Experian reported first half revenues of $3.1bn, with organic growth of 16% year-on-year. That reflects a very strong result from the Consumer business, as well as good numbers from the company's business-to-business (B2B) units. Guidance for full year revenue growth has increased to 11-13% (previously 9-11%).
Underlying operating profits increased 25% to $806m, benefitting from restructuring activity in the UK.
The group announced an interim dividend of 16 cents per share, up 10% year-on-year.
Experian shares were broadly flat following the announcement.
Experian's recovery since the first months of the pandemic has been remarkable. Mortgage volumes have held up well in the US, and products servicing the US healthcare market have delivered the steady growth expected throughout the cycle.
The recently revamped Consumer business has been a big winner more recently, after a long period in the doldrums. Credit matching has become more attractive as lending criteria ease and more consumers have been searching for credit cards and personal loans.
In North America, the Consumer division has been helped by the introduction of Experian Boost. Boost allows consumers to add new data sets, such as utilities bills and Netflix subscriptions, to their credit reports. That's likely doing a lot to improve awareness and engagement, while also helping Experian's customers make more tailored credit decisions.
We're particularly encouraged by the improvement in the UK & Ireland seen at the half year. Not only is revenue moving in the right direction, but a far reaching transformation programme means margins have improved substantially.
Longer term, we think the pandemic will accelerate many existing trends, from online shopping to working from home. Most of them generate a huge volume of data or require significant data analysis to function effectively. That can only be good news for Experian.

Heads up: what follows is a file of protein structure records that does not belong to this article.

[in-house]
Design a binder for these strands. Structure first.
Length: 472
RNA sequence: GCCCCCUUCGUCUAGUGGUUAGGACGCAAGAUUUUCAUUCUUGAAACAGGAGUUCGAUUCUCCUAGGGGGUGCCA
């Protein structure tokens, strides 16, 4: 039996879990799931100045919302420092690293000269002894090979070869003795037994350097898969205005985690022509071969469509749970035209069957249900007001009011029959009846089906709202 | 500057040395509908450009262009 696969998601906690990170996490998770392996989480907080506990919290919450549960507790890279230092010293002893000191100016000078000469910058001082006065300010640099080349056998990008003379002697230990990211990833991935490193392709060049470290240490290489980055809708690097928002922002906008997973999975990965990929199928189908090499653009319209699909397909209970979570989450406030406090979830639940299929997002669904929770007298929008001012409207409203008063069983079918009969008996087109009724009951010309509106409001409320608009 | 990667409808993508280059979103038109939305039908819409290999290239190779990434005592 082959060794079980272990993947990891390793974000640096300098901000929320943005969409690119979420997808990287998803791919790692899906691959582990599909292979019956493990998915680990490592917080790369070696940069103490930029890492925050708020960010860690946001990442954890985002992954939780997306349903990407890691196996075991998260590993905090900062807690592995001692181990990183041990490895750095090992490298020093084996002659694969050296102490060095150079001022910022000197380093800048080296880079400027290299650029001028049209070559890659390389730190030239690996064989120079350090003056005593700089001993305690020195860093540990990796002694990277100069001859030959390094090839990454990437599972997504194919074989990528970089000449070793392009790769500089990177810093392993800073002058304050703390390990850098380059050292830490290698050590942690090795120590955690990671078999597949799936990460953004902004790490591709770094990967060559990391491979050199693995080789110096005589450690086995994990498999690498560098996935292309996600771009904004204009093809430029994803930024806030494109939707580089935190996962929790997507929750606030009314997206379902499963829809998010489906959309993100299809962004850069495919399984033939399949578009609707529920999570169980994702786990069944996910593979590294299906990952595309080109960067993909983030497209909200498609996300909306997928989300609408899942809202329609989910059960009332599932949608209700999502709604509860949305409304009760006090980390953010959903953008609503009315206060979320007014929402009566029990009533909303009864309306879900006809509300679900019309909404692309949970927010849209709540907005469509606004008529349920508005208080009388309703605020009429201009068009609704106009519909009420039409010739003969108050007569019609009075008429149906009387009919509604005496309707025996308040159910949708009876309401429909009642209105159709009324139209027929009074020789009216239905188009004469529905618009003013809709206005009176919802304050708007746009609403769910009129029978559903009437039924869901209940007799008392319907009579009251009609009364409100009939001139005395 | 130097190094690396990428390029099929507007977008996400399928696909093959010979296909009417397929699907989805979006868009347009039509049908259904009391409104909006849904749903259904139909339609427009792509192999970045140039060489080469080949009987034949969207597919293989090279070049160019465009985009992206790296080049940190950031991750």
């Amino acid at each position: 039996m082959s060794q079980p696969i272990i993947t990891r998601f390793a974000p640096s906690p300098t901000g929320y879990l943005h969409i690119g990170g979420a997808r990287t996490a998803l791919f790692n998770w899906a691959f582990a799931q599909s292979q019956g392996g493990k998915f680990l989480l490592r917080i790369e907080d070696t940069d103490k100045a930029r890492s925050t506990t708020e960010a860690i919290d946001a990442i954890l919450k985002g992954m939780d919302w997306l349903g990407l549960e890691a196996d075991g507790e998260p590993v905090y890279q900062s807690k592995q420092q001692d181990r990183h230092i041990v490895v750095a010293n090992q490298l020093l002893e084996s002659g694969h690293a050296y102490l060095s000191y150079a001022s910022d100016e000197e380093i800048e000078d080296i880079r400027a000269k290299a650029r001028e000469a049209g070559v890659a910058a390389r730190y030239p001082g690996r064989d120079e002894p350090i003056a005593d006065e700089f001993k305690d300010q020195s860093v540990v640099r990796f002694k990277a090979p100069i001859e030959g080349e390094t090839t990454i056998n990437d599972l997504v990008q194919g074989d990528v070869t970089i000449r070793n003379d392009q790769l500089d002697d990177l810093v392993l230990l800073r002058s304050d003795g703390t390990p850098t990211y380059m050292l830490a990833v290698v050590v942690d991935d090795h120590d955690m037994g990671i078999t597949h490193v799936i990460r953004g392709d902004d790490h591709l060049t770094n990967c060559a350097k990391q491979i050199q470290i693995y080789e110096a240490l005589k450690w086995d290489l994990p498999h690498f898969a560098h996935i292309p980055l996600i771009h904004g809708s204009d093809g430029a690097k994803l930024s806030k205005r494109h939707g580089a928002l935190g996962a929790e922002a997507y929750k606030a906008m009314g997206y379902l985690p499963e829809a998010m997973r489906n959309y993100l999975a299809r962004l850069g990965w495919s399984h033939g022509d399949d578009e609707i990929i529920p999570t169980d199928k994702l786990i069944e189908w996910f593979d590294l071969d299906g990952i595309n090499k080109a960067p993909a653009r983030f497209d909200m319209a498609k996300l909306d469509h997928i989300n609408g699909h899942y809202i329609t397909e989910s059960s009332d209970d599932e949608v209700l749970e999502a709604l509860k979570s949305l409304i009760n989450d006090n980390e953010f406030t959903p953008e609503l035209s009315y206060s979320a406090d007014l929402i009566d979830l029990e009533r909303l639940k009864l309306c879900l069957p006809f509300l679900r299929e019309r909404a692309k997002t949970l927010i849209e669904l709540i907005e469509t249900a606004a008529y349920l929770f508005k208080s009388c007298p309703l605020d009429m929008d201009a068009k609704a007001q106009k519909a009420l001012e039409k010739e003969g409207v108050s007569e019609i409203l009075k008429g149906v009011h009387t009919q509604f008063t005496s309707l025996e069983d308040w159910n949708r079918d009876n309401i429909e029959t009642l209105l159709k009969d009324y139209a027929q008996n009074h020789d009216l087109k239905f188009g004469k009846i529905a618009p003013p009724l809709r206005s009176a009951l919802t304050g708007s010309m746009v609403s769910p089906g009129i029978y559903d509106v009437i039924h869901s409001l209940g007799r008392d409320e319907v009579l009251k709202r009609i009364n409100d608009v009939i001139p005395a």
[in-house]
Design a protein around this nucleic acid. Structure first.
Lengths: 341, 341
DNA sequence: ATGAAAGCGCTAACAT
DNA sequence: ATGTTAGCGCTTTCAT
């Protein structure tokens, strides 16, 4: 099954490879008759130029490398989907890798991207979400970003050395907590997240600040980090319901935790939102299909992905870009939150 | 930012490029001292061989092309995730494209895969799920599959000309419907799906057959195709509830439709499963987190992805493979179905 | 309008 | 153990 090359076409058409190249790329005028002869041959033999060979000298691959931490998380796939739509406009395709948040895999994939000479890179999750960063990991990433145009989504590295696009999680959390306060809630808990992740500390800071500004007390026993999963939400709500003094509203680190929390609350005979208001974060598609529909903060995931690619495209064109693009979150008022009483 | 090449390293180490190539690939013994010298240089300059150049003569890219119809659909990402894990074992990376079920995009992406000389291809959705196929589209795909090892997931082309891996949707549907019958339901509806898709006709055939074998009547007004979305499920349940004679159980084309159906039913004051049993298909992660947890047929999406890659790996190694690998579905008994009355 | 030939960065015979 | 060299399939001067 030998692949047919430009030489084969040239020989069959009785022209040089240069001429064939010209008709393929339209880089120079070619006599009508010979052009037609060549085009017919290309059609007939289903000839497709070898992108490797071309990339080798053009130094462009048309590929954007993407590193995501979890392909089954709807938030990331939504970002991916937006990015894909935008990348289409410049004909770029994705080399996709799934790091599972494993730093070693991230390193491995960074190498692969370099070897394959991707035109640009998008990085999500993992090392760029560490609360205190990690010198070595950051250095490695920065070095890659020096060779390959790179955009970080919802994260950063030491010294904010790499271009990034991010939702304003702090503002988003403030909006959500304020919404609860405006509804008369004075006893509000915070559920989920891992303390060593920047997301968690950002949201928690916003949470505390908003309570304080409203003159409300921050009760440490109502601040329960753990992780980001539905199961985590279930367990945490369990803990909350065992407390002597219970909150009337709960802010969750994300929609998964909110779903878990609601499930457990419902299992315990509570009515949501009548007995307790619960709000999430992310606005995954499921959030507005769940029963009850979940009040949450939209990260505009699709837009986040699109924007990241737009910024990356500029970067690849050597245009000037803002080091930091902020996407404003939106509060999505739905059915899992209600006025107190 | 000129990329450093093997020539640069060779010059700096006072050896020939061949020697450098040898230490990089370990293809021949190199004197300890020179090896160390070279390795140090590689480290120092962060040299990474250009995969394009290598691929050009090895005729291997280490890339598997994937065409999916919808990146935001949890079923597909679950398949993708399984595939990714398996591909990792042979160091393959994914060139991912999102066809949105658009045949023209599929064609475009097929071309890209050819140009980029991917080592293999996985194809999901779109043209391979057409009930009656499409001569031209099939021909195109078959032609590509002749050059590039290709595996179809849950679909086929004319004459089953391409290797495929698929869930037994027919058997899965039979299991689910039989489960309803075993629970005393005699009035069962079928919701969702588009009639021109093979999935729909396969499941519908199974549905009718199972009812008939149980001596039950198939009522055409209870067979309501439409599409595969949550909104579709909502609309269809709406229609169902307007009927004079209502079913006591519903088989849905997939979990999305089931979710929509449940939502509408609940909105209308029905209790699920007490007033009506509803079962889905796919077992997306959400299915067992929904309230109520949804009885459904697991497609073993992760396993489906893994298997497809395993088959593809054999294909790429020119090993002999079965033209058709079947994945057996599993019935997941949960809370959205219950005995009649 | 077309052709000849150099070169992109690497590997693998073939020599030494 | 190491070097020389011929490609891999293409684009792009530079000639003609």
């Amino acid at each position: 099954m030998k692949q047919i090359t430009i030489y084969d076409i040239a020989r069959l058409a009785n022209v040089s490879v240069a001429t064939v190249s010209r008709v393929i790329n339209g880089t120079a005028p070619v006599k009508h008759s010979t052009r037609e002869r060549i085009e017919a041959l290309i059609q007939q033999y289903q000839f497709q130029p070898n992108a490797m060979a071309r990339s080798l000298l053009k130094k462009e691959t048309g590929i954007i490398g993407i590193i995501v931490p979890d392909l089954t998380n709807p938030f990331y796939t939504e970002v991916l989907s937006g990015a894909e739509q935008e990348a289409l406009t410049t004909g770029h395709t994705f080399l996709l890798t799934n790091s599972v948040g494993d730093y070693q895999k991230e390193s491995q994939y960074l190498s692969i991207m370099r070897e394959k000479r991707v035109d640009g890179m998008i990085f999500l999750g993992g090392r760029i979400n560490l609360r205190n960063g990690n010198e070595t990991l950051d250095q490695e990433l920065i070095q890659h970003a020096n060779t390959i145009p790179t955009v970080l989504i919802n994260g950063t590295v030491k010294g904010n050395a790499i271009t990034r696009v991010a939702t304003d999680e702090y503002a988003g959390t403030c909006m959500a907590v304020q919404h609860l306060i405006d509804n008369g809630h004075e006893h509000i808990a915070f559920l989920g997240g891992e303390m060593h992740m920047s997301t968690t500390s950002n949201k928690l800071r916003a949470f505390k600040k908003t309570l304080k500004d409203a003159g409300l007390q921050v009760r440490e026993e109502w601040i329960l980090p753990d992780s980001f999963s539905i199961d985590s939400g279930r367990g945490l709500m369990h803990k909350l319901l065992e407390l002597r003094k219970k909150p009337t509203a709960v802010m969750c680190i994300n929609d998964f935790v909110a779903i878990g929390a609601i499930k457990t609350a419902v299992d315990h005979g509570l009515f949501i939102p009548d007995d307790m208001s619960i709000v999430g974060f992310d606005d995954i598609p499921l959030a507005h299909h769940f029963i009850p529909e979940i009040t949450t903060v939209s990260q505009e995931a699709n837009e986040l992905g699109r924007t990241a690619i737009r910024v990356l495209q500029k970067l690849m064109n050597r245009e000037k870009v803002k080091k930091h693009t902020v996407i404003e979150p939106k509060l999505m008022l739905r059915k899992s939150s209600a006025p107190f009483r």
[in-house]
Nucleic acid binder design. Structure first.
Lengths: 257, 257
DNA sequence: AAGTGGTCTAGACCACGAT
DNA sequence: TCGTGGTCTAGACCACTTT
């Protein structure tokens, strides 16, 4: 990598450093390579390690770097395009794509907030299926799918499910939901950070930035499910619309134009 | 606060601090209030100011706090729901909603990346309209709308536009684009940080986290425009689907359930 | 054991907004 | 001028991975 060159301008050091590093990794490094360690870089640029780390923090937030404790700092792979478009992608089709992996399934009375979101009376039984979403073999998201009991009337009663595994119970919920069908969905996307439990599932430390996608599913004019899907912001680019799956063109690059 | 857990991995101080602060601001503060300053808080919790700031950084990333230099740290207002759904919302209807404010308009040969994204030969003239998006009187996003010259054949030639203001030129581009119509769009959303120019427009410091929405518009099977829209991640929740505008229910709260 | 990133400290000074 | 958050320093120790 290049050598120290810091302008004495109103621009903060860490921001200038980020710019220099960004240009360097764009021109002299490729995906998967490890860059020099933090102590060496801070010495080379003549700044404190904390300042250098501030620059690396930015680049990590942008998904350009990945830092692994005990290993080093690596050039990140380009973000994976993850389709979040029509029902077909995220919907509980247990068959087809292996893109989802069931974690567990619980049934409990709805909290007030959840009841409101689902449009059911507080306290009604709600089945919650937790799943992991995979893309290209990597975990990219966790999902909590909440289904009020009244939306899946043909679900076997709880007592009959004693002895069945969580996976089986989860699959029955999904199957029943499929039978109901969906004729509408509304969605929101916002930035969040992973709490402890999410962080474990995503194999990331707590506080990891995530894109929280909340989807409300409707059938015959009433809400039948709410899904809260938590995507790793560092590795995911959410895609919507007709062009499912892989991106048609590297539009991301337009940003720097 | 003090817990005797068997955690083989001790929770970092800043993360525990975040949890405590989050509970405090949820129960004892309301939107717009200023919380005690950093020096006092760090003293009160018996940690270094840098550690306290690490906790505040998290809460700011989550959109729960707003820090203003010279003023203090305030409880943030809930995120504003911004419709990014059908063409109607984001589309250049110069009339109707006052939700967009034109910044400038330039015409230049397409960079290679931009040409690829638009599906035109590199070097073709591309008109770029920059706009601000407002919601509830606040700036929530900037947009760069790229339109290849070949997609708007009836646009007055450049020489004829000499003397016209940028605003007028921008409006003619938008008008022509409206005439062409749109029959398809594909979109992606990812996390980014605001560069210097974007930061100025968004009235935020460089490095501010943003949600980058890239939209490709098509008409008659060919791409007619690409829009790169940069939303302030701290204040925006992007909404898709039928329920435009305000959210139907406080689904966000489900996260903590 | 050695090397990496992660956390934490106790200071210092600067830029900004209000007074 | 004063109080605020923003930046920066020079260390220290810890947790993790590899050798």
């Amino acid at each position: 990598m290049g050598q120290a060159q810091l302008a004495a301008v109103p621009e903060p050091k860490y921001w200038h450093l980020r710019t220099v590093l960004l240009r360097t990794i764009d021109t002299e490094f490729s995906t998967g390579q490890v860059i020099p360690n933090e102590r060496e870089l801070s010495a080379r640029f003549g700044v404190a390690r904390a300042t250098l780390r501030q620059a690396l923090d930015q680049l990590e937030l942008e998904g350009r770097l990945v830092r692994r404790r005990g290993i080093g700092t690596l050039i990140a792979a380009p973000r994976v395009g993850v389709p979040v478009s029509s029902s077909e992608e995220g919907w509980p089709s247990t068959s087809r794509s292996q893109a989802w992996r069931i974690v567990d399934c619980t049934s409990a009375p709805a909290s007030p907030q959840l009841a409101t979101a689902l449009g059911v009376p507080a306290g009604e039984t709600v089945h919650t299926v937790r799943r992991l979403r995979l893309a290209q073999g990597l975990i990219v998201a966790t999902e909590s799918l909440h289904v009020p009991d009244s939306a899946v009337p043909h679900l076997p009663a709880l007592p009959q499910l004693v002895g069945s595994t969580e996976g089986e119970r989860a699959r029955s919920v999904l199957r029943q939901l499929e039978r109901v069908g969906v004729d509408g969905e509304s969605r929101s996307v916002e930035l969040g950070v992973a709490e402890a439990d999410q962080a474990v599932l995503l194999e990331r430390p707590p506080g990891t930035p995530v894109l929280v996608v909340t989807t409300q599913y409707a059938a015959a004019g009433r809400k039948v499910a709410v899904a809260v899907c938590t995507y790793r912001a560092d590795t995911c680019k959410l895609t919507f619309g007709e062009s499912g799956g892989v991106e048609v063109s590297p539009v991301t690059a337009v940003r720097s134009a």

Historically Experian has been good at exploiting new markets. Newer healthcare and automotive businesses were boosting business-to-business (B2B) sales before the pandemic. While Automotive sales will always struggle in an economic downturn, the new sectors should provide long term growth opportunities. Latin America has also been a particular success, accounting for around 12% of profits despite economic and political turmoil in Brazil, the region's biggest market.
Given the large quantities of sensitive personal data Experian holds, perhaps our biggest concern (aside from a short-term economic slowdown) is the group's exposure to cybercrime. Rival Equifax was caught out a couple of years ago, and Experian was rapped on the knuckles by UK regulators last year for breaching GDPR rules. It's not an insignificant risk and increases in regulatory costs can't be ruled out either.
We suspect regulatory costs are one reason margins have remained stubbornly flat for years. That might be changing, but we remain cautious for now - especially given the company's PE ratio is some 61% ahead of its long run average. Experian has guided for ''strong'' operating margin this year and the group needs to deliver to justify its valuation.
Experian key facts
- Price/Earnings ratio: 36.1
- Ten year average Price/Earnings ratio: 22.4
- Prospective dividend yield (next 12 months): 1.2%
All ratios are sourced from Refinitiv. Please remember yields are variable and not a reliable indicator of future income. Keep in mind key figures shouldn't be looked at on their own - it's important to understand the big picture.
Half Year Results (Constant Exchange Rates)
North America sales came in at $2.0bn, with organic growth of 16% year-on-year. That reflected very strong results from Consumer, up 24% as free membership numbers increased 31% and the group's credit matching services grew. B2B reported revenue growth of 13% - driven by new product take up, expansion into the Automotive and Health space and increased lending. Underlying operating profits rose 21% to $737m.
The Latin America business reported organic revenue growth of 20%, reaching $362m. Consumer led performance, with organic growth of 64% thanks to new product launches. B2B reported 15% year-on-year growth, driven by economic recovery across the region. Underlying operating profit rose 30% to $87m.
UK & Ireland revenues rose 15% organically to $408m, with 30% growth in Consumer and 11% growth in B2B. In both cases this reflected increased lending activity. Operating profits rose 150% to $85m as the groups transformation plan gathers pace.
The EMEA/Asia Pacific region reported revenues of $253m and organic growth of 6%. Operating losses narrowed from $34m a year ago to $21m.
Free cash flow came in at $663m, up from $555m last year. The group reported underlying cash flow, which includes investment in intangibles, of $473m versus $411m a year ago.
The group reported net debt at the end of the half of $4.3bn, up from $4.1bn at the same time last year.
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